The model I tested has a list price of $990 and can be found online for $969, placing it safely within the budget category. Compared with the baseline model, this step-up configuration bumps you up to a Core i7 CPU, a 120Hz display, and a larger SSD. Sadly, a GPU upgrade is not in the offering; you must stick with the GTX 1650 GPU.
Here are the specifications of the $969 Lenovo IdeaPad Gaming 3i I’m evaluating:
The IdeaPad Gaming 3i isn’t likely to turn heads, but it boasts a solid build quality and a couple design flourishes to distinguish it from a run-of-the-mill home laptop. The most striking visual element of the otherwise all-matte-black plastic chassis are the blue accents. Instead of using the usual white for the symbols on the keys, Lenovo has opted for blue as well as blue backlighting. It gives a bit of an edge to the overall appearance, and the light blue color used for the key symbols still provides enough contrast that non-touch typists won’t be lost. Also, the edges of the laptop are beveled and the four corners of the laptop are angled to help the machine break away from the basic, rectangular laptop look.
The blue keyboard backlighting has two brightness levels, and the keyboard itself is roomy and comfortable. Lenovo manages to squeeze in a dedicated number pad without shortening any of the keys.
The keys feel snappy and are quiet even under the fingertips of a thunderous typist like myself. Other than the power button centered above the keyboard, there are no dedicated keys for volume or media control. One nitpick: the illuminated blue dot on the power button is always on; I wish it turned off when you disabled the keyboard backlighting.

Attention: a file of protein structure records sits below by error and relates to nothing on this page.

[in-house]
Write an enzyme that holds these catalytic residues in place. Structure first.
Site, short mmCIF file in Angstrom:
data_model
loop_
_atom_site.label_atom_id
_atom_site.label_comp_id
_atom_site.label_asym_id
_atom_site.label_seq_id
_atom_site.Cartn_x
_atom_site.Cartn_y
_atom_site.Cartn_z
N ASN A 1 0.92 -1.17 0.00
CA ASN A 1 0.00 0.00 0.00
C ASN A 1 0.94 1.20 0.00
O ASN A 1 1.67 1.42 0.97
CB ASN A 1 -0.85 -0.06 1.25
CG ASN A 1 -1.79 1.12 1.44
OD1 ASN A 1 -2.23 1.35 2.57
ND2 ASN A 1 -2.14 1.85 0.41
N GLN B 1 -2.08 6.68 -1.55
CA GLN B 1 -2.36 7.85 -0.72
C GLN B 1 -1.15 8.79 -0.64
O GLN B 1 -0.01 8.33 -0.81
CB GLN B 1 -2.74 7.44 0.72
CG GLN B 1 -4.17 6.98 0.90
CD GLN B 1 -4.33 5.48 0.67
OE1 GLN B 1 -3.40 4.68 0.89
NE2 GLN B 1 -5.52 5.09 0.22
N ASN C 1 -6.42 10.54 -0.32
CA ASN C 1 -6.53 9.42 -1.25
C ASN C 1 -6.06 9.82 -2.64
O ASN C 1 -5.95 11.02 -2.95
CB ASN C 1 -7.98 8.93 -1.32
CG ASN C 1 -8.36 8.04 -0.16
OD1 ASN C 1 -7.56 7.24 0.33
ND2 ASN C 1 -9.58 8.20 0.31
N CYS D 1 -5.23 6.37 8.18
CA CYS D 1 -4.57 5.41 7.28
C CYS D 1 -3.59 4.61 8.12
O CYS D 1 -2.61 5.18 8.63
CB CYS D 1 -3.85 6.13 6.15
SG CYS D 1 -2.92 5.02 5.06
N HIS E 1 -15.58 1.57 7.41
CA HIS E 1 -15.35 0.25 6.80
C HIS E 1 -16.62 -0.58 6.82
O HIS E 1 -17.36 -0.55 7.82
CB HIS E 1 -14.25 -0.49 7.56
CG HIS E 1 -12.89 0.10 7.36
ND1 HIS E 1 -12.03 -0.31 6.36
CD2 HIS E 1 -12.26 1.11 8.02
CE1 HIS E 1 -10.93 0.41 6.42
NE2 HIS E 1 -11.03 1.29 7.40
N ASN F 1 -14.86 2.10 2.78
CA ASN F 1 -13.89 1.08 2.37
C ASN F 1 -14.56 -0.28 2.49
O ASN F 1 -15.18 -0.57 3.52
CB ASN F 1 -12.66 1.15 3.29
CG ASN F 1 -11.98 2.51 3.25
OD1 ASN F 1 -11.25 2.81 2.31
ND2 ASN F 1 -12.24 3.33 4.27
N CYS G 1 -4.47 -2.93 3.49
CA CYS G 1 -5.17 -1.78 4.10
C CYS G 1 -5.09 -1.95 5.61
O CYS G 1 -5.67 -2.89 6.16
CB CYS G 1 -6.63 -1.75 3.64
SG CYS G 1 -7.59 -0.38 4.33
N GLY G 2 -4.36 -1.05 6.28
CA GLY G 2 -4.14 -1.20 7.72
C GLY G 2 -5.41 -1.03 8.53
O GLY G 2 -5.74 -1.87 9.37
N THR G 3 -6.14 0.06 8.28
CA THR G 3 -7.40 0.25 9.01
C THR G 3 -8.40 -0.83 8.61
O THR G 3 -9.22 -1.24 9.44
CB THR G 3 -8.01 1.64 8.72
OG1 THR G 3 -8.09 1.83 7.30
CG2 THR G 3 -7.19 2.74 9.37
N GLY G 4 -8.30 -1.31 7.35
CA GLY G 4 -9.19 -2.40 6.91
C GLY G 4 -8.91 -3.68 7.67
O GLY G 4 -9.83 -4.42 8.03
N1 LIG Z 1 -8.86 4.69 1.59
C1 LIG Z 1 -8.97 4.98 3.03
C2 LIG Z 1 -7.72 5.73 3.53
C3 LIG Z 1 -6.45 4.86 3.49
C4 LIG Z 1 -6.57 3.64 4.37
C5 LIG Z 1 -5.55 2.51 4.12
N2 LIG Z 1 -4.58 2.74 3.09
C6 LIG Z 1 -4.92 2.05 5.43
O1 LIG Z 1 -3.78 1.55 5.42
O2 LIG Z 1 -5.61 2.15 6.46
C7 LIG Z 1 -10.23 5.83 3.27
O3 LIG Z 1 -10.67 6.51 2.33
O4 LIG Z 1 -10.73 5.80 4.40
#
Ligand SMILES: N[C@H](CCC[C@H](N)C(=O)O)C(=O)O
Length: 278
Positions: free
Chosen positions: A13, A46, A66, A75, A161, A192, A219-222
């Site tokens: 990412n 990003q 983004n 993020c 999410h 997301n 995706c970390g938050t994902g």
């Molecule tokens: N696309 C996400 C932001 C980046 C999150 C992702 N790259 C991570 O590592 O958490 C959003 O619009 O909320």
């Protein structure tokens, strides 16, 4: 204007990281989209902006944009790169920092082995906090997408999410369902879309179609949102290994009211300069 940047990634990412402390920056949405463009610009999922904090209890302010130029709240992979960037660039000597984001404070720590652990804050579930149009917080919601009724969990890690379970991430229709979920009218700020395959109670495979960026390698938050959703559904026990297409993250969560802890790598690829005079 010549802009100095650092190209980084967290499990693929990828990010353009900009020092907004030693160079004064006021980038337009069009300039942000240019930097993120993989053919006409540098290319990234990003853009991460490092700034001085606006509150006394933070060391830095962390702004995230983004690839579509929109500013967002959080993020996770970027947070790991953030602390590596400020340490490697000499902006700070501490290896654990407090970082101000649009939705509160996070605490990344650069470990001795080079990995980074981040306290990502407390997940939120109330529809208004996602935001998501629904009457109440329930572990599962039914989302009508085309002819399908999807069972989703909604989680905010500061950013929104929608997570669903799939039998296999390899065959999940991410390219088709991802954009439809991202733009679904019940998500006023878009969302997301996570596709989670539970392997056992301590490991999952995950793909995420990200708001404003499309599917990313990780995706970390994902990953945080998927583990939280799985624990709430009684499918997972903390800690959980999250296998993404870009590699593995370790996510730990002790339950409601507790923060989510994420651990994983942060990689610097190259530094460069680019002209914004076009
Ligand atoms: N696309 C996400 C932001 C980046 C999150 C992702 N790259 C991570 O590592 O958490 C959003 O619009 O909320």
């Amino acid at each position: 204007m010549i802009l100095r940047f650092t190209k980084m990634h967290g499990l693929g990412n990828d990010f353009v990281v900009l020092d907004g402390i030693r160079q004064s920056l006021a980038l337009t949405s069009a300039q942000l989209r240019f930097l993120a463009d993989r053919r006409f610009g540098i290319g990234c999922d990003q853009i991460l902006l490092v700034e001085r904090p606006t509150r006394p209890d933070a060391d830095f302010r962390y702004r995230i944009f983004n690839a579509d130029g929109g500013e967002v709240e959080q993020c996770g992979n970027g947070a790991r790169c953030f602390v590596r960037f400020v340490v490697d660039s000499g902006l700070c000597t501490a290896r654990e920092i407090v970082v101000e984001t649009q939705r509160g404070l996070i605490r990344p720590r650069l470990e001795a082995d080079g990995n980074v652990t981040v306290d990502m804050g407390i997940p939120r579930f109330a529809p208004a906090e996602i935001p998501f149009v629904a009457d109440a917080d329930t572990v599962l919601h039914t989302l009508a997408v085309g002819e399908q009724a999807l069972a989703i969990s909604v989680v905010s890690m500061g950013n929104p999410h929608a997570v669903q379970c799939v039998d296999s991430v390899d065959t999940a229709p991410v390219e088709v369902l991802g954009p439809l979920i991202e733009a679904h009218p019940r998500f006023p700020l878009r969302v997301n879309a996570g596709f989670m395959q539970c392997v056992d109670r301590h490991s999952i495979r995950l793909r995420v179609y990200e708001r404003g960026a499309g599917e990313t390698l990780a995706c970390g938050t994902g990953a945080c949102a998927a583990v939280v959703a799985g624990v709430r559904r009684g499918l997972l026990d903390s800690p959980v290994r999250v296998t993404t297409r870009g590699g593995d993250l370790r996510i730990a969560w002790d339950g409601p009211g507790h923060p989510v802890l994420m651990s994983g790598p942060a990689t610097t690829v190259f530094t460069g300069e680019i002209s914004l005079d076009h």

The touchpad integrates the mouse buttons and is generously proportioned. It recorded my swipes and gestures accurately and without delay. It also offers the perfect amount of travel for clicks with the same snappiness of the keys.
The 15.6-inch, non-touch, IPS display features a crisp 1,920×1,080 resolution but is better for gaming in a darkened room than, say, matinee sessions because it doesn’t get very bright. It’s rated for only 250 nits of brightness, but it does feature an effective anti-glare finish that keeps annoying glare and reflections from interfering with your fragging.
The laptop’s 1.5-watt stereo speakers are passable for YouTube videos but you’ll want to use headphones listening to music or to plug in a wired gaming headset. The speakers also suffice for video chats. Above the display sits a 720p webcam that delivers a rather noisy image for Zoom calls and the like. There’s a privacy cover you can slide over the webcam with a fingernail to lend some peace of mind when the camera is not in use.
The IdeaPad Gaming 3i measures 14.13 inches wide by 9.83 inches deep by 0.98 inches thick and weighs 4.5 pounds. Those are fairly standard weights and measures for a 15-inch laptop but makes the system rather svelte among 15-inch gaming laptops, especially budget models that can be big and bulky. By comparison, the Acer Nitro 5 is a budget 15-inch laptop and slightly thicker, wider and deeper while weighing a bit more at 4.8 pounds. You wouldn’t want to commute every day with the IdeaPad Gaming 3i on your shoulder, but it’s no great hardship to tote it to a friend’s house.
The IdeaPad Gaming 3i provides a useful selection of ports, most of which are located on the laptop’s left edge where you’ll find an HDMI 2.0 port, a USB Type-C port, a USB 3.1 Gen 1 port, an Ethernet jack, a mic/headphone combo jack, and the power connector. On the right side sits another USB 3.1 Gen 1 port. The laptop provides the latest wireless standards with 802.11ax Wi-Fi and Bluetooth 5.0.